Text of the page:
The waste industry has made major strides in coming up with ways to recycle our refuse. Everything that is except those ginormous blocks of Styrofoam. You know the ones – hermetically sealing everything from flat screen TV’s to furniture and glassware. Even if you break them down into tiny pieces, the choice for disposal is still an ugly one: landfill. UPS takes peanuts but not blocks. The only recycling center in Portland that took Styrofoam stopped accepting it in March. Now what? Enter Agilyx – an energy alternative company located in Tigard, OR. Implementing new technology in renewable energy and chemical recycling with a focus on environmental impact; the company broke ground this year on a facility that will convert polystyrene foam (foam cups, packaging materials) into styrene monomer. Reducing to the monomer form allows for global reuse in tons of ways. Fuel, helmets, housing … sky’s the limit. Best part for Portlanders? Consumers can drop off their Styrofoam for free. YAY! I spoke with the folks at Agilyx to confirm the free part and they shared that there are bins available 24/7 at their facility. Make sure your foam has the “6” on it and that it is clean and dry. If you are a business or have more than a truck load, contact Agilyx at 503-217-3160 to schedule a drop off time. Click here for map and more info. Not in the PDX area? Visit Home for Foam to find recycling near you. Until manufacturers are mandated to use earth friendly packaging, let’s do our best to dispose of stuff mindfully. Here’s to creative solutions and making Earth a clearer home for everyone.
Photo courtesy of NRWS, Paradise, CA.
You’re looking at what I found behind the dryer in my new apartment. Yep. A collection from the former tenant of stuff that went astray. At least nothing had legs. (I’ve heard some pretty scary stories involving bones and antennas.) Keeping it clear around appliances is an often overlooked task. Do your space – and your energy bill – a favor. Put time on your calendar to check and clean these hidden areas at least twice a year. Use a vacuum nozzle or microfiber brush to remove dust and lint build-up behind and under your washer/dryer. And, of course, empty the lint tray after every use. Clean ducts annually. In the kitchen, pull that fridge out and vacuum the coils. Wash the floor and wall before sliding back in place. If you can’t move the stove, at least pull out the bottom storage drawer (if your model has one) and clean the newly exposed area that way. It’s a hassle well worth the effort. And who knows? You might unearth a long lost treasure. Ready to clean some more? Here are some easy tips on cleaning the inside of appliances (including the garbage disposal) worth a look: Washington Post. Okay – one last favorite item on laundry that’s good to know anytime of the year. Read my tip on this easy energy saver!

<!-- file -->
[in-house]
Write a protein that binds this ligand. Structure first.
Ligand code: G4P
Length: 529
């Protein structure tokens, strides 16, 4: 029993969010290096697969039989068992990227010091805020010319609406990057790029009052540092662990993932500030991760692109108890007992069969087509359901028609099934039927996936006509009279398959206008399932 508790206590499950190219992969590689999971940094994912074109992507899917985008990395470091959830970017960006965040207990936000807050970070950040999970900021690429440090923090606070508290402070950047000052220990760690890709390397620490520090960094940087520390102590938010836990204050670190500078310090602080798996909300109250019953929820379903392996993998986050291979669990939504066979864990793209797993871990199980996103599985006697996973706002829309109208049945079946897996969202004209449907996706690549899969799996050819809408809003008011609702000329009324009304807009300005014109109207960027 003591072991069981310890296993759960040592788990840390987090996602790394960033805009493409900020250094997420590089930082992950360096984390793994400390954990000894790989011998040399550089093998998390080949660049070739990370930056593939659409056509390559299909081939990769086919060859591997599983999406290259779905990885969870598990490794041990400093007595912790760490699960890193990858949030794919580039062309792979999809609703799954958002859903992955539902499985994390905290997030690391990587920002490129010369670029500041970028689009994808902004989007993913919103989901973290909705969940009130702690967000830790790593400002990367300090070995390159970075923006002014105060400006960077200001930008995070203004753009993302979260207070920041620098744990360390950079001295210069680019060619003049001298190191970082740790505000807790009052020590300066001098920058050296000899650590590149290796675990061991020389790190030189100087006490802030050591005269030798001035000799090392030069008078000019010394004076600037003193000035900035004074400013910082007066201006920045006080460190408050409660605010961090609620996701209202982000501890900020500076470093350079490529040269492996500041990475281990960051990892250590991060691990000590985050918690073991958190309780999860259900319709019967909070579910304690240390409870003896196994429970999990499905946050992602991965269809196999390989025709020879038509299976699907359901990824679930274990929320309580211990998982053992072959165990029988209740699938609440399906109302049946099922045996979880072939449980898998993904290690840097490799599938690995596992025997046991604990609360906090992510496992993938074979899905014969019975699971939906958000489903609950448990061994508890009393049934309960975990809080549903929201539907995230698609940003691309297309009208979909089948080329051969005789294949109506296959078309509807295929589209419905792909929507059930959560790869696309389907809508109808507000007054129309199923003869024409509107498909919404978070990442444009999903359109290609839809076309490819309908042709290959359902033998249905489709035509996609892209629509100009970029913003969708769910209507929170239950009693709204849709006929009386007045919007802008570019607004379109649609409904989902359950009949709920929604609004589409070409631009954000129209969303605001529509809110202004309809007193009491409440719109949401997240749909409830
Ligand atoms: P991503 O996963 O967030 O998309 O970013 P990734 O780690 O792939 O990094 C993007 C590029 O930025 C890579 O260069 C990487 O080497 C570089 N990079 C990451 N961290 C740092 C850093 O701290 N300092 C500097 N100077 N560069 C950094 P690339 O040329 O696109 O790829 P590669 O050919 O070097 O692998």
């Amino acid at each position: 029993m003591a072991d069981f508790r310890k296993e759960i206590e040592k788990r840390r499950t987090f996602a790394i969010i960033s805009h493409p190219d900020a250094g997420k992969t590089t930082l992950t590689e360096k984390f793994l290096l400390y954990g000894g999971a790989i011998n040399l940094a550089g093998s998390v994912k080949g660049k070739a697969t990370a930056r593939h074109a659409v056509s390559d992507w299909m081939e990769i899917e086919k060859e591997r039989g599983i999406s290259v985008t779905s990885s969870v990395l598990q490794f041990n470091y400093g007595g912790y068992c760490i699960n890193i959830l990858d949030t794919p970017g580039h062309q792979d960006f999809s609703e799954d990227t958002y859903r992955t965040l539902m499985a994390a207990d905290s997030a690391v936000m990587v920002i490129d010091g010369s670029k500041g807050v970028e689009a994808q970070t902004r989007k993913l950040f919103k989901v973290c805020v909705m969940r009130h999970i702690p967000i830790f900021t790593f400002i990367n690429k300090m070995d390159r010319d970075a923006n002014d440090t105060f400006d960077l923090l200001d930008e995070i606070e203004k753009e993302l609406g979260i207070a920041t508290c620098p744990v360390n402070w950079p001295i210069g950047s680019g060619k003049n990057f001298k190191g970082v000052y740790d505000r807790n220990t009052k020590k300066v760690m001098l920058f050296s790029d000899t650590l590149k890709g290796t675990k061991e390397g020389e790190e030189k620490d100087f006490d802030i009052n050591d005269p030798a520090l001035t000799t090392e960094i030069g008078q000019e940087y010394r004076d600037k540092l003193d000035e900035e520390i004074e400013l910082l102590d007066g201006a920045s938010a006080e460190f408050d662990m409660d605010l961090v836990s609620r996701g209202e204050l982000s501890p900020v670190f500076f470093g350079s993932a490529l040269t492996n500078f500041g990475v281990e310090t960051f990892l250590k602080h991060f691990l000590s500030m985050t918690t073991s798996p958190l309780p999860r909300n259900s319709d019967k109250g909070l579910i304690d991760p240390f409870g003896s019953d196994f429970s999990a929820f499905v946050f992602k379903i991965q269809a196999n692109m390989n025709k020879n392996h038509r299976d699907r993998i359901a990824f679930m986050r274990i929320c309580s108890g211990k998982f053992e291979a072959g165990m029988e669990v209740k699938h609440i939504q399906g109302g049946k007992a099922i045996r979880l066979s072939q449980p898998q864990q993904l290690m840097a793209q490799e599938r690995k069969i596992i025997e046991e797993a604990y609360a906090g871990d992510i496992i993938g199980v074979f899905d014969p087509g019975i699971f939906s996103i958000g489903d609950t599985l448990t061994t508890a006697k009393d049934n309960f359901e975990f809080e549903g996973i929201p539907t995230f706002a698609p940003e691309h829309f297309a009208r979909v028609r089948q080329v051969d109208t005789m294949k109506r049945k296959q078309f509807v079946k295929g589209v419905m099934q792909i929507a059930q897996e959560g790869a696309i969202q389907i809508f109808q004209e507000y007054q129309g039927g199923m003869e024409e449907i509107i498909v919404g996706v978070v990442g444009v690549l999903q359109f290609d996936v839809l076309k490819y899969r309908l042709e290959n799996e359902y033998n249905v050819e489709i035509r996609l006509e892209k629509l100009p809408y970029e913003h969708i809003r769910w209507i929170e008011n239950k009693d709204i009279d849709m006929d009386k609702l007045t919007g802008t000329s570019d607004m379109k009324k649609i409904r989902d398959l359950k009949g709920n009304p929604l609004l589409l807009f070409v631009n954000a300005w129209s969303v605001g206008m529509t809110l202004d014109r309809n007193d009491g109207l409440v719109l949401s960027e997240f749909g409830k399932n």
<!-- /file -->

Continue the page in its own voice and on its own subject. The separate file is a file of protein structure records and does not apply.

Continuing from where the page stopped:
Highly recommend you read Time’s April 10th issue featuring articles on fixing our infrastructure. Informative, concise and constructive. The writers cover all aspects of our mass connections – everything from flight technology to bridges (614k of them), from power grids to the snarled Chicago train yards. Whether it’s the energy in our bodies, our homes or our highways; maintaining a clear flow is essential to our well being. Awareness is always the first step. Action is next – followed by maintenance. Let’s see what the response will be.
Staying in balance is something we all strive for but it can seem a difficult and elusive task. It’s especially tough when weighed down by physical, emotional and mental STUFF! The latest ACP Enews shares some favorite ideas on how to get back to center. You’ll get a great breathing tool for releasing stress, read about a win/win “letting go of stuff” story and learn my top item to eliminate in your home in order to maintain balance. PLUS enter to win a deck of ACP Wisdom Cards for you or a friend. Just taking a few moments to view the stunning sunset image will help create a positive shift. Make 2017 the year to share the cheer and spread the clear! Read January ACP Enews here.
Find out why passion matters and view examples of two gals on opposite corners of the country who prove it’s never too late to explore your own. Also, get a neat repurposing packing tip and learn about a nonprofit whose mission combines education, recycling and art around the globe. View A Clear News November and Happy Thanksgiving!
Appraising fine art is not for amateurs. Whether you are considering donating, consigning or bequeathing that Koenig, knowing its value is the first step to take. Unless you live in Europe or on the East Coast, qualified art appraisers are a rare breed these days. That’s why I am especially delighted to introduce Chelsea Dacres-Andrews, Certified Fine Arts Appraiser and owner of Signature Appraisal Services. Not only does Chelsea have a list of credentials a mile long but she is super nice and approachable. A breath of fresh air in what can be a stuffy arena. Depending on the need, clients can request either the full 25-page appraisal or the 5-page POV (Professional Opinion of Value). 90% of appraisals can be handled remotely so distance is not an obstacle. Other services offered include expert witness for litigations, public lectures and auction advisory. Learn more and contact Chelsea at her website.
My recent mattress purchase seemed a good time to send out a reminder on recycling options. Most donation centers don’t accept mattresses anymore and the ones that do have gotten tighter with their standards. My fav recycling resource, Earth911, just posted this nice guide including how to disassemble your mattress in order to save it from the landfill. http://earth911.com/recycling-guide/how-to-recycle-mattresses/